Ten Questions with the Academy: Ken Levine

Ken Levine

Ken Levine is a member of the Academy of Interactive Arts and Sciences.  He spoke at the D.I.C.E. Summit® in 2008.  He works for 2K Boston.

Q: How do you want to be remembered?

I want to be remembered for making cool games. Also, for making Shawn Elliott cry.

Q: What's your favorite part of game development?

A: Strangely, crunch. It's the worst and best part.  It's often long, exhausting, and relentless, but it's also the time you get to watch the team's years of hard work come together amongst your friends and colleagues.

Q: If you weren't in game development, what would you be doing today?

A: Selling Mary Kay. I'd have one of those cars by now, for sure.

Q: What game are you most jealous of?

A: World of Warcraft, because development never ends.  You don't make errors, you just fix them. And it's super-awesome.  And then, of course, the zillions and zillions of dollars.

Q: What's the one problem of game development you wish you could instantly solve?

A: I wish we knew a bit more about how people played the games our company makes.

Q: Are games important?

A: Compared to food?  No.  Compared to other Media?  Why the hell not?  Important is a relative term…there's no reason we can't be as important as a poem, a song, a movie, a River Dance.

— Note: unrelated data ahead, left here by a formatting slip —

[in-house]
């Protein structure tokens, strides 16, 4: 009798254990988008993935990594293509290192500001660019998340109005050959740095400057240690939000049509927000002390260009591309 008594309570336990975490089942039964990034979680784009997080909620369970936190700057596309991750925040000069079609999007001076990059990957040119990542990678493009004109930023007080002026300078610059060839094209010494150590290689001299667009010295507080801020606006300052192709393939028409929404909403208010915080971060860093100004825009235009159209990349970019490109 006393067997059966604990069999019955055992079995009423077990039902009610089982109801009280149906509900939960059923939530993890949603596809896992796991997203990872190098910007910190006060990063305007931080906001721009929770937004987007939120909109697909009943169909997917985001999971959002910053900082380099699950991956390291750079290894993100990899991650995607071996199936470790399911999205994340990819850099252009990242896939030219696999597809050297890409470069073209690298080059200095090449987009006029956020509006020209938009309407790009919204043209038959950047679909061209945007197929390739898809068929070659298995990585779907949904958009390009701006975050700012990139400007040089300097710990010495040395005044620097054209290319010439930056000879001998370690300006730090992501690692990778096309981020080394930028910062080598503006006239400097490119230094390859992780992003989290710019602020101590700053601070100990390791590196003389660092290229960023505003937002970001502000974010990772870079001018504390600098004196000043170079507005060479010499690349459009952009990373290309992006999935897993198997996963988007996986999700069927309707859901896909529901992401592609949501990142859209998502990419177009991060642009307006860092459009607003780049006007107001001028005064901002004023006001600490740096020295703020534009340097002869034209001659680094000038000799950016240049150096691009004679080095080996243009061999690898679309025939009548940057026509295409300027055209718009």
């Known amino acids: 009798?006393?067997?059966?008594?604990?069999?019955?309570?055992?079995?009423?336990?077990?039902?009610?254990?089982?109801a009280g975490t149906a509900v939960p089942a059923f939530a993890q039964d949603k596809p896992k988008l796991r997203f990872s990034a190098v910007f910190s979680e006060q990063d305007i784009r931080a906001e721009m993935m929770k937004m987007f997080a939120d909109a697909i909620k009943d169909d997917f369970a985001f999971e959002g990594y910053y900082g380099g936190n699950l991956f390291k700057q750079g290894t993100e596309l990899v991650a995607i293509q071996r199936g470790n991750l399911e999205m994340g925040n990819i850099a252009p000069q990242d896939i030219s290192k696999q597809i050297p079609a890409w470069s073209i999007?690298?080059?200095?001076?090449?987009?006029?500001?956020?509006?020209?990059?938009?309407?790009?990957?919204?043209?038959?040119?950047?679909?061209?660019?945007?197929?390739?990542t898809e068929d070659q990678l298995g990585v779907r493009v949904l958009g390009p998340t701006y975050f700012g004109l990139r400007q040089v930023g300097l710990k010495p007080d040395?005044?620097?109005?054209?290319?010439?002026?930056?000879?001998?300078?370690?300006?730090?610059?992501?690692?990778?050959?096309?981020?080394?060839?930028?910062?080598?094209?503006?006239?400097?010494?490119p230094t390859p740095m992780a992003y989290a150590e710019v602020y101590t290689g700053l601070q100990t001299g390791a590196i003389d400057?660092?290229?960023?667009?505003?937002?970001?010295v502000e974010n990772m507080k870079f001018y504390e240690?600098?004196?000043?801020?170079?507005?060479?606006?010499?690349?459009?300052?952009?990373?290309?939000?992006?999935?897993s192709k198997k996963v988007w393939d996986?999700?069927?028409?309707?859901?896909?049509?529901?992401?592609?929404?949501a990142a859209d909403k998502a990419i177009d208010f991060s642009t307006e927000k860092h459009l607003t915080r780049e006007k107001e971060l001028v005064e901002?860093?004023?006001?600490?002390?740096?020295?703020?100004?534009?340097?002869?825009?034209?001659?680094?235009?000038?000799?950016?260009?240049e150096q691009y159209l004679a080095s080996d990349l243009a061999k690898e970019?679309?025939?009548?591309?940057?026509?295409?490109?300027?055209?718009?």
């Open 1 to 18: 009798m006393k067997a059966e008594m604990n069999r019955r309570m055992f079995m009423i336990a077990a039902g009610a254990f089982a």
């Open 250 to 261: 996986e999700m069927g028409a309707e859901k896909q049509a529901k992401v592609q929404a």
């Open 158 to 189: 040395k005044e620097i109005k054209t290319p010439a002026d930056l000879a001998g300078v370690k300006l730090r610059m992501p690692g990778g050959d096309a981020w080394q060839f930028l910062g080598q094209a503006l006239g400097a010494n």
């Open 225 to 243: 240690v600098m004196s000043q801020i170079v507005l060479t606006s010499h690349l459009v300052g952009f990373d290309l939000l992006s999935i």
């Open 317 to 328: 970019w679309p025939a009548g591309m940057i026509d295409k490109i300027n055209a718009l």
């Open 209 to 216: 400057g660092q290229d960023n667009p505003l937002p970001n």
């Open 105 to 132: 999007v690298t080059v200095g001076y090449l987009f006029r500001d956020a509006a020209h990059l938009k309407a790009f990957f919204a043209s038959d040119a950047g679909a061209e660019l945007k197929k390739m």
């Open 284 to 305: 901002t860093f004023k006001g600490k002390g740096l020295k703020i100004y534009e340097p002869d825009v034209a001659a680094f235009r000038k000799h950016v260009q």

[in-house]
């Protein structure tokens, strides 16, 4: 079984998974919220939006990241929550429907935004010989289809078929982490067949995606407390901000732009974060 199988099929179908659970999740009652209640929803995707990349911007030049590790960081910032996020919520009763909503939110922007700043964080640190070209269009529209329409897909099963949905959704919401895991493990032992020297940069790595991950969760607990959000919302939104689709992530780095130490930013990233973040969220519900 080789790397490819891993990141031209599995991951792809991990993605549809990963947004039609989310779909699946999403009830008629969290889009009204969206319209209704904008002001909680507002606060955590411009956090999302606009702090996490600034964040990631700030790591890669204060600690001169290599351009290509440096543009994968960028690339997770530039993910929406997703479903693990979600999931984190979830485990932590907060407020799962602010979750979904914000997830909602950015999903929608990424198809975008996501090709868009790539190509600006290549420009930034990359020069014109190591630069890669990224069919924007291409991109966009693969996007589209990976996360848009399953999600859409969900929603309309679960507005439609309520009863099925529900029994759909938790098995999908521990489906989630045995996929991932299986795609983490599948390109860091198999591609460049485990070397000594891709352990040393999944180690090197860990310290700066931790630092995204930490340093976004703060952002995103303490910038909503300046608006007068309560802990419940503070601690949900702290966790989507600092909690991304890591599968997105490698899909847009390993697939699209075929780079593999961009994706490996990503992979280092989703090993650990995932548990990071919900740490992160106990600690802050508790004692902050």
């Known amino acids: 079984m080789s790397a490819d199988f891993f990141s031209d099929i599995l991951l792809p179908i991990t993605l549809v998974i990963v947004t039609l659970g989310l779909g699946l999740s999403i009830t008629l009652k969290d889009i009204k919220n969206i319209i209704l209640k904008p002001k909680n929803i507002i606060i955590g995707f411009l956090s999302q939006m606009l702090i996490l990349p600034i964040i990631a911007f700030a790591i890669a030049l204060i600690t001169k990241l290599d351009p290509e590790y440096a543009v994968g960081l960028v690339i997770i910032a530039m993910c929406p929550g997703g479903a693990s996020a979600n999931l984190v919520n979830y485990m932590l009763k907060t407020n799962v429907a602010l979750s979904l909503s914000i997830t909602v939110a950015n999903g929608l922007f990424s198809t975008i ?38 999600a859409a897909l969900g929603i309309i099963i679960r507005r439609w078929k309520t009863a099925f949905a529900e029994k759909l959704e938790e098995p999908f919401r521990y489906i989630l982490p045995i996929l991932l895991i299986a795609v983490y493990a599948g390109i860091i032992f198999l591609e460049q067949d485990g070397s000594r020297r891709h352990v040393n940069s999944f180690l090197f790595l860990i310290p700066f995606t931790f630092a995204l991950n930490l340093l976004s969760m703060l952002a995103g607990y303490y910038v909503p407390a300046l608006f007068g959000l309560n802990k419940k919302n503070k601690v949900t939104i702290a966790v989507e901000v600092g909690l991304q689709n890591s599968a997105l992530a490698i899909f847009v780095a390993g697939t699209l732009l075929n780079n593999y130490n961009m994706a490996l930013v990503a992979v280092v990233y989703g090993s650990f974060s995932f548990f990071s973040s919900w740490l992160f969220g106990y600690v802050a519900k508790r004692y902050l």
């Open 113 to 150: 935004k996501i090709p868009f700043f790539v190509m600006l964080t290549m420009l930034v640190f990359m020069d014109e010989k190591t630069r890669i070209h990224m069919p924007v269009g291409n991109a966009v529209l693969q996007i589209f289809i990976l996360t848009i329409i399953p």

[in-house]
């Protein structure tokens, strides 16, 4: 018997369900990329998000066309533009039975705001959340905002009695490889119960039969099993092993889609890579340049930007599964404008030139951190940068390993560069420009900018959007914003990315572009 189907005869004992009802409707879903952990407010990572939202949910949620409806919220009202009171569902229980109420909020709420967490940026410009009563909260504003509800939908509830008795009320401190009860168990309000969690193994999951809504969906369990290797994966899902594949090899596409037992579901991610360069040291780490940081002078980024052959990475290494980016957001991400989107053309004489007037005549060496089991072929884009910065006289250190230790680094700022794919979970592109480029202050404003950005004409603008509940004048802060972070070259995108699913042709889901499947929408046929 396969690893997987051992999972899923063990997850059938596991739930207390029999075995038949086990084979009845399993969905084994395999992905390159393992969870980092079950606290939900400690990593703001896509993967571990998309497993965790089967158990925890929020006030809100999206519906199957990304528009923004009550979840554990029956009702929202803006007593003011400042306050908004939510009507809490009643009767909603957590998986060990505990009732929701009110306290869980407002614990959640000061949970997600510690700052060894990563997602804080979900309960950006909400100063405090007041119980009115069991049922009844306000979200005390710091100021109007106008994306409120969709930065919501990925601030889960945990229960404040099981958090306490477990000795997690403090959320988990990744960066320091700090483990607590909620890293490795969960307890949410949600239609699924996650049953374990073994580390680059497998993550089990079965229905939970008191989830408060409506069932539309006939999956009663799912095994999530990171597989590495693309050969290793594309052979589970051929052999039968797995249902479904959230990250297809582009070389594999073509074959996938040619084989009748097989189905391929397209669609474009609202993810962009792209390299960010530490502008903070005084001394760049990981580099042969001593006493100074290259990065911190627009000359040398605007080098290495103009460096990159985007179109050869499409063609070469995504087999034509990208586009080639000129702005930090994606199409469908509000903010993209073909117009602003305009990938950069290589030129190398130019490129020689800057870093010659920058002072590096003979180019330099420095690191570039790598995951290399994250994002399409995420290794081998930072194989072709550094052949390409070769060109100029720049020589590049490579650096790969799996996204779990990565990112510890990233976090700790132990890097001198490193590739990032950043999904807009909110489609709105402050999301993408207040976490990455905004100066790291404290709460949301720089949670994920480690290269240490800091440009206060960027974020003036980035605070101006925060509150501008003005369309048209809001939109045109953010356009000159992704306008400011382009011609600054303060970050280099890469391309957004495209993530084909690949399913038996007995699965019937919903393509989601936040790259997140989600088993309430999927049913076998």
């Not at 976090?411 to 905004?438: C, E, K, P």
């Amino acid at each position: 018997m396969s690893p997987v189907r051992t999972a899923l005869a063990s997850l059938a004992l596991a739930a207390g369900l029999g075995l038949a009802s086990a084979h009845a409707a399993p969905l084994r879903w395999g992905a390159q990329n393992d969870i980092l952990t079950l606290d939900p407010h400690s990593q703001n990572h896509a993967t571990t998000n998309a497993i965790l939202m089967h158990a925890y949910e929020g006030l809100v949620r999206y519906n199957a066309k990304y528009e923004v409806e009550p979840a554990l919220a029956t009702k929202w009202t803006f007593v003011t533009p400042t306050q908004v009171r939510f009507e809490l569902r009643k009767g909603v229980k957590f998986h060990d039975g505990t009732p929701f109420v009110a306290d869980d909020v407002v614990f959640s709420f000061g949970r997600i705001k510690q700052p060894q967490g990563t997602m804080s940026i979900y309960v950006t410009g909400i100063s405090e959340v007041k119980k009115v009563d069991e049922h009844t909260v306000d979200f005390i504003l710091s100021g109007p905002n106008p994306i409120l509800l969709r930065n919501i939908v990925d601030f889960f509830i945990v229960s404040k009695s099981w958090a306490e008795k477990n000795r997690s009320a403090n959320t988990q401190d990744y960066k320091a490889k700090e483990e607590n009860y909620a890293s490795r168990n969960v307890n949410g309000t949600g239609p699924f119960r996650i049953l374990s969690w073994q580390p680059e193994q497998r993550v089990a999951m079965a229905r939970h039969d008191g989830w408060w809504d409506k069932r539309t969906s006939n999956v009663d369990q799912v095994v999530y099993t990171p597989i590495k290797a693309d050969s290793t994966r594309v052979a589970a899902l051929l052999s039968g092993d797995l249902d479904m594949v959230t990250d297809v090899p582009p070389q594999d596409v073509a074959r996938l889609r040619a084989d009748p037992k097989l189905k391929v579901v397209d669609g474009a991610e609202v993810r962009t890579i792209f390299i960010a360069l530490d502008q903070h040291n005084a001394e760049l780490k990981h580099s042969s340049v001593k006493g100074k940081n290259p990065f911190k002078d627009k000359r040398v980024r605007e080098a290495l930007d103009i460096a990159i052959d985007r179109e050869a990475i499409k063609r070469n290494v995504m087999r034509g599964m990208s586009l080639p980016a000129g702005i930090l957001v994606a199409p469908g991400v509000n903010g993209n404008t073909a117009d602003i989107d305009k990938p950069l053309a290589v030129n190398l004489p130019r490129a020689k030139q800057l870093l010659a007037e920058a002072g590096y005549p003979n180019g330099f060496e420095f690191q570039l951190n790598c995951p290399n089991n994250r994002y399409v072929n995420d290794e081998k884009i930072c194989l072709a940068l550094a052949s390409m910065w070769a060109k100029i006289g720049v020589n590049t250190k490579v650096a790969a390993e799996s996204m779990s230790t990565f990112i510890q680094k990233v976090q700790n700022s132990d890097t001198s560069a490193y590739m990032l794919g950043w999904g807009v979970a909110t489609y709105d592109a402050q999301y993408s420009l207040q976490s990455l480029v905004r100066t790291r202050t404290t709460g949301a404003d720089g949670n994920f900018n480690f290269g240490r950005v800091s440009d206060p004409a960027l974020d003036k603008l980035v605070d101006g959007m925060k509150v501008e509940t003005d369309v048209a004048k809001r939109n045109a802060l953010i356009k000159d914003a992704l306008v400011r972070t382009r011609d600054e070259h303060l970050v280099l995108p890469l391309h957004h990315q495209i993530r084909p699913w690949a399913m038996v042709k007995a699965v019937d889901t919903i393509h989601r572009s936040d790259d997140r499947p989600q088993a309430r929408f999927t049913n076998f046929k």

Q: Do you think it’s important for developers to continue playing games?

A: Yes – if you don't play games you're not a developer.  I play everything – great games from start to finish – crap, one-to-five minutes.

Q: How do you measure success?

A: In cubits.

Q: What's the biggest challenge you see facing the industry?

A: The industry has changed a lot in this cycle. There have been a lot of surprises – the Wii, DLC, digital download media and the declining buyability of mid budget three-to-ten million dollar games. Developers have to adapt to these realities and either go really big or find ways to make really fun smaller budget titles.

Q: Finally, when you look at the future is there one great big trend that effects everyone?

A: The last six months has cracked open the real potential of co-op a tiny bit. I've been playing a ton of Left4Dead, Resistance 2, Warhammer Online and I'm not someone who is big on multiplayer except for endless bouts of pathetic WoW solo grinding.